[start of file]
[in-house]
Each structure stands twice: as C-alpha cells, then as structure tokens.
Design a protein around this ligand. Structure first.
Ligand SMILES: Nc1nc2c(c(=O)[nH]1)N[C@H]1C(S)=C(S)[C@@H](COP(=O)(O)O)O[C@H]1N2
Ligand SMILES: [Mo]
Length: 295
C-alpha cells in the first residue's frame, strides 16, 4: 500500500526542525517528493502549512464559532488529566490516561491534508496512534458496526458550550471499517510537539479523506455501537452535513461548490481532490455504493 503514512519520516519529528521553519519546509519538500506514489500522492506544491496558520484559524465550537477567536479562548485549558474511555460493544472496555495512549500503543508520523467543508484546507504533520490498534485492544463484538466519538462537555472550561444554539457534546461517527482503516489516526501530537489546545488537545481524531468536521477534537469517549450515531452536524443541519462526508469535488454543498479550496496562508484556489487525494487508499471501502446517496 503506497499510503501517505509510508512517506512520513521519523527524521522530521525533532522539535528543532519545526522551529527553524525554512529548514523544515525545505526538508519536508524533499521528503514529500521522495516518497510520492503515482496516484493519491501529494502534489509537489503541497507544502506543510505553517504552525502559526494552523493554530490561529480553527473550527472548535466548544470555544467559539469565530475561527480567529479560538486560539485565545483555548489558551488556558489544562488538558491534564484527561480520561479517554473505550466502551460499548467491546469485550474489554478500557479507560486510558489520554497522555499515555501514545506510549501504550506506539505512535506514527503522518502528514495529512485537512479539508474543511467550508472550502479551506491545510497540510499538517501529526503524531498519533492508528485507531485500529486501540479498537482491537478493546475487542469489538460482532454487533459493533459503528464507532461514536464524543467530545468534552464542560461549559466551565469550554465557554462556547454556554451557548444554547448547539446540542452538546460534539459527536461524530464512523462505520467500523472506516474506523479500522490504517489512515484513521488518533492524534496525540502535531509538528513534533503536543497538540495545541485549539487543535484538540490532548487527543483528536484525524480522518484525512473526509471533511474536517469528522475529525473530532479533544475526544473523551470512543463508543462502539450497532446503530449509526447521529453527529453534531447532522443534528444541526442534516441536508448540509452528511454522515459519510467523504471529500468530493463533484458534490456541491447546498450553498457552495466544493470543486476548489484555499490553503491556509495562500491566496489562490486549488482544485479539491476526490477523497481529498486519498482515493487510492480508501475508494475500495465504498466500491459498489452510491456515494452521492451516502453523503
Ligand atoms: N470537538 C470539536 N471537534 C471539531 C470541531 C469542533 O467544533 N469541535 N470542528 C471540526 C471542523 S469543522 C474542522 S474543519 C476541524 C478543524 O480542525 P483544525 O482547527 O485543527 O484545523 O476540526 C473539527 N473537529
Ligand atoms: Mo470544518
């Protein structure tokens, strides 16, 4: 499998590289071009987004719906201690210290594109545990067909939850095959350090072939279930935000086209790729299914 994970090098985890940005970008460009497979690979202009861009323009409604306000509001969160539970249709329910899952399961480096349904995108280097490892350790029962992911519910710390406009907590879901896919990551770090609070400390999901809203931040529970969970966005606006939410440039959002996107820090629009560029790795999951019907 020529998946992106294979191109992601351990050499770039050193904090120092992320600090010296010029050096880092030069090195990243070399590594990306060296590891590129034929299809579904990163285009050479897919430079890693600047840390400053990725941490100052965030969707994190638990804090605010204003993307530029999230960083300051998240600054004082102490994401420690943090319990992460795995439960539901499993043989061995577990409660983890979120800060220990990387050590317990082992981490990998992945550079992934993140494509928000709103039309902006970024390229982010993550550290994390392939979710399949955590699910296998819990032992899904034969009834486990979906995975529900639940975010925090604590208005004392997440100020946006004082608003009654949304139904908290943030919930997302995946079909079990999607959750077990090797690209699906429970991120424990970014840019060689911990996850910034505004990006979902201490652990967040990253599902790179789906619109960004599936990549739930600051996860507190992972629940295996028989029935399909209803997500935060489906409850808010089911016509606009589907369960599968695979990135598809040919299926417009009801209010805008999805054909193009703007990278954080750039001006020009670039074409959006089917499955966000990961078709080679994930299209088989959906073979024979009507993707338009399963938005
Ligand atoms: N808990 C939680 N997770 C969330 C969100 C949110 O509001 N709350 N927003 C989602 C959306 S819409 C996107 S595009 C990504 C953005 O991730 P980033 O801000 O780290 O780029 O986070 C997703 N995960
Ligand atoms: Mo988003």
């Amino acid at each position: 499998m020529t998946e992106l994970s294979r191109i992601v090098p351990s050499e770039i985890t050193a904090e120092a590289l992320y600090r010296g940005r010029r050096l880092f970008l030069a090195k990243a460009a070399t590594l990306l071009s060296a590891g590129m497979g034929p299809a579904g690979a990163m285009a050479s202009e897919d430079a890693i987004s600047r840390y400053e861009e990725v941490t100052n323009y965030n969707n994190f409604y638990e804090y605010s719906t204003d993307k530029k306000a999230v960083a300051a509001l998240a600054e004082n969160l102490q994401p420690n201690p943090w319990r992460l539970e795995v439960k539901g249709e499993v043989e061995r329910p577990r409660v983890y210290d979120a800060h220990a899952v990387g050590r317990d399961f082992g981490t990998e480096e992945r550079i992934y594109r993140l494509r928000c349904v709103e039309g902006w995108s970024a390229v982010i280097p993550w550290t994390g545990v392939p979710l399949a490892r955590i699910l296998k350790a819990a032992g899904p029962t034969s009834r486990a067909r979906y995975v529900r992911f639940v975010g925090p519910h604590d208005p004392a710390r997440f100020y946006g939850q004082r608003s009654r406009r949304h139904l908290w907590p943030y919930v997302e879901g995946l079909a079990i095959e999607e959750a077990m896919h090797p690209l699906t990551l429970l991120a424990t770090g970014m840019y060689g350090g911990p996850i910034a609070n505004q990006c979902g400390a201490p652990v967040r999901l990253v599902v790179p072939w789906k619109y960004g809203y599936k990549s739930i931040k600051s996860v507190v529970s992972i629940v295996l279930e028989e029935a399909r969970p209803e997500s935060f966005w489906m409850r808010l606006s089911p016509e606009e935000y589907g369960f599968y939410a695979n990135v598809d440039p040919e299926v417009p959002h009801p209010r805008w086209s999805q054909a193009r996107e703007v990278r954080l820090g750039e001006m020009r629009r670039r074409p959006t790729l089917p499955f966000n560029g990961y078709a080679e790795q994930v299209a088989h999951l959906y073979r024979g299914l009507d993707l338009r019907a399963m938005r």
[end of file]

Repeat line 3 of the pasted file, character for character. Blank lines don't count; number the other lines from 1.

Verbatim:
Design a protein around this ligand. Structure first.